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Simon Barker
Simon Barker

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One tip to be a better developer

There are thousands of articles, videos and guides with tips on how to be a better developer. Ways you can make your code cleaner, how you can estimate work better or communicate well with non-technical colleagues. Rather than cover any of those I am going to give you the single best thing you can adopt to improve your career and your life.


Seriously, so many people don’t keep their word that just simply making sure you follow through and are reliable will put you head and shoulders above everyone else.

This sounds like obvious advice, surely everyone keeps their word? Well, take a moment and think about it ... how often have your broken your word? Not just to others but to yourself as well.

How many times did you set out to learn to code? How many times have you said you'll get up at 6 AM, only to change your mind at 6:01 AM? How many times have you said you'll follow up and email someone and just haven't? Eat healthier and then the next day eaten a family sized bag of Doritos?

We tend to think about "Our Word" as commitments to big and important stuff, like not cheating on our spouse or picking a parent up from the airport in mid-winter. But our word is pervasive, it is about all aspects in our life, from getting up when we say we will to updating a Jira ticket and completing a code review by the end of the day like we promised.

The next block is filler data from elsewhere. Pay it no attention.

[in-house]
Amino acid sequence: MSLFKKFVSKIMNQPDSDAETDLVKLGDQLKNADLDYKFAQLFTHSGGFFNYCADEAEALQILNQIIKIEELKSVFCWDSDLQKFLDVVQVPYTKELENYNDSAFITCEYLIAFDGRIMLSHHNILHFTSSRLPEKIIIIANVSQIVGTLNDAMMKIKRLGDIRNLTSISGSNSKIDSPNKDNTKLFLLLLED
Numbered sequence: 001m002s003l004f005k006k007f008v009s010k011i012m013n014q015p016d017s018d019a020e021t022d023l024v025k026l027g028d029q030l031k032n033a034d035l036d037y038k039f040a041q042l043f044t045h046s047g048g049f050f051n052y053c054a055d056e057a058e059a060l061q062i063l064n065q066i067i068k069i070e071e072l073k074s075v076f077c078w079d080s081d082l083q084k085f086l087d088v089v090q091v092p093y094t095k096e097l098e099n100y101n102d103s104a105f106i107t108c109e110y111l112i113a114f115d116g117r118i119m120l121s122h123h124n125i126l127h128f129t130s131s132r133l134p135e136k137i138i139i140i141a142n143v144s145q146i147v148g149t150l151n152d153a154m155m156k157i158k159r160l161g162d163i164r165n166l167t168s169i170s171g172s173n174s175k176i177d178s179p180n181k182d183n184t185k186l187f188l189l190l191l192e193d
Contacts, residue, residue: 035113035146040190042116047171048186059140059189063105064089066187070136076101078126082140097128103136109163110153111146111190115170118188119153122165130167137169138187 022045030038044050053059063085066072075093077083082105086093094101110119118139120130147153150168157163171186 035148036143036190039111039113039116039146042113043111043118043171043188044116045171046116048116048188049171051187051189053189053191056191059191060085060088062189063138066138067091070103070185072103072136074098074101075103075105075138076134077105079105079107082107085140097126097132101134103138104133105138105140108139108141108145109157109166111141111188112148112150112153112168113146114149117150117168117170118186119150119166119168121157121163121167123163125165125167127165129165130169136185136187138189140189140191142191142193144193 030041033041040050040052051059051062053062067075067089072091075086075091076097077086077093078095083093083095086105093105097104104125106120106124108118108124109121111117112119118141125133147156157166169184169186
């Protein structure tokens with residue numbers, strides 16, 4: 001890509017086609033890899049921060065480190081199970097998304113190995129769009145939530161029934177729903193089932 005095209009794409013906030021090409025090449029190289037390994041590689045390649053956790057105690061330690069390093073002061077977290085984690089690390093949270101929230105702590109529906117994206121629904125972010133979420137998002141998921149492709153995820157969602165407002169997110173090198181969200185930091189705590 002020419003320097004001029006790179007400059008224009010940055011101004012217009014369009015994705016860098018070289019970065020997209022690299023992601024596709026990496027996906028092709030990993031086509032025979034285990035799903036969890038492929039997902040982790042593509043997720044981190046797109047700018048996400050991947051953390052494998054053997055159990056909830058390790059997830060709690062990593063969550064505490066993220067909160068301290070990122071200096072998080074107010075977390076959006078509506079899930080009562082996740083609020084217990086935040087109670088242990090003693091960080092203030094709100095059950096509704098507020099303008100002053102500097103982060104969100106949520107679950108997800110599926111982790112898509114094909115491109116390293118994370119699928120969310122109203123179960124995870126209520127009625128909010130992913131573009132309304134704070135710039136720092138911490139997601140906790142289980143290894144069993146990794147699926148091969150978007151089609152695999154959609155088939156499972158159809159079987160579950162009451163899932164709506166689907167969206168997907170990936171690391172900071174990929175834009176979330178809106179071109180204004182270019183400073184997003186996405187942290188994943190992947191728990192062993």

Think about how many times someone has broken their word to you. How did that make you feel? How did they manage the situation? Imagine if you NEVER broke yours?

You would almost certainly make less commitments but people would learn that when you say you will do something, it will get done. You become a person who can be relied on, who can be trusted and promoted above others.

If you know that something is going to slip, that you are going to have to break your word then it's your responsibility to tell the person relying on you. Propose a mitigation "I can't do that PR today but I have asked Brian to do it and he promises it will get done" or a new time frame "This work was bigger than I thought, I need another day, does that work for you? If not then we need to form a plan to fix this and make sure it doesn't happen again"

Give your word and mean it.

Own your word and protect it.

What if your word was iron? Sheeesh, then you’d be dangerous!

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